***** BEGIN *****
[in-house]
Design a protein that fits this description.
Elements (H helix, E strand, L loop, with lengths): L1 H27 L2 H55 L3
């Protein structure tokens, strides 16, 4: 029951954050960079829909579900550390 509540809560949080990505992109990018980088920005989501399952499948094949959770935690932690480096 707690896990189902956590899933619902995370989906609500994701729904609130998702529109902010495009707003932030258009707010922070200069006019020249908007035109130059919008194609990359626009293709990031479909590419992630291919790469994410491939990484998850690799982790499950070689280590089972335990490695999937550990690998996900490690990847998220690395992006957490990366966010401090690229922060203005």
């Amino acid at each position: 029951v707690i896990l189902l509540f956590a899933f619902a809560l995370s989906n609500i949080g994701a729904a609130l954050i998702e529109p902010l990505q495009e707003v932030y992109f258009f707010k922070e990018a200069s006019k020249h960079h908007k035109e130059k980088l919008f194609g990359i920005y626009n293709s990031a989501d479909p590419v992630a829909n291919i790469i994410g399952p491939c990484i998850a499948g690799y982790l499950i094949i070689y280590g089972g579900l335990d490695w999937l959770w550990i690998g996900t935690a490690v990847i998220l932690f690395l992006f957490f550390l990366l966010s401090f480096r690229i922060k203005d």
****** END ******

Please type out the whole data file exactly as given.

[in-house]
Design a protein that fits this description.
Elements (H helix, E strand, L loop, with lengths): L1 H27 L2 H55 L3
């Protein structure tokens, strides 16, 4: 029951954050960079829909579900550390 509540809560949080990505992109990018980088920005989501399952499948094949959770935690932690480096 707690896990189902956590899933619902995370989906609500994701729904609130998702529109902010495009707003932030258009707010922070200069006019020249908007035109130059919008194609990359626009293709990031479909590419992630291919790469994410491939990484998850690799982790499950070689280590089972335990490695999937550990690998996900490690990847998220690395992006957490990366966010401090690229922060203005």
């Amino acid at each position: 029951v707690i896990l189902l509540f956590a899933f619902a809560l995370s989906n609500i949080g994701a729904a609130l954050i998702e529109p902010l990505q495009e707003v932030y992109f258009f707010k922070e990018a200069s006019k020249h960079h908007k035109e130059k980088l919008f194609g990359i920005y626009n293709s990031a989501d479909p590419v992630a829909n291919i790469i994410g399952p491939c990484i998850a499948g690799y982790l499950i094949i070689y280590g089972g579900l335990d490695w999937l959770w550990i690998g996900t935690a490690v990847i998220l932690f690395l992006f957490f550390l990366l966010s401090f480096r690229i922060k203005d």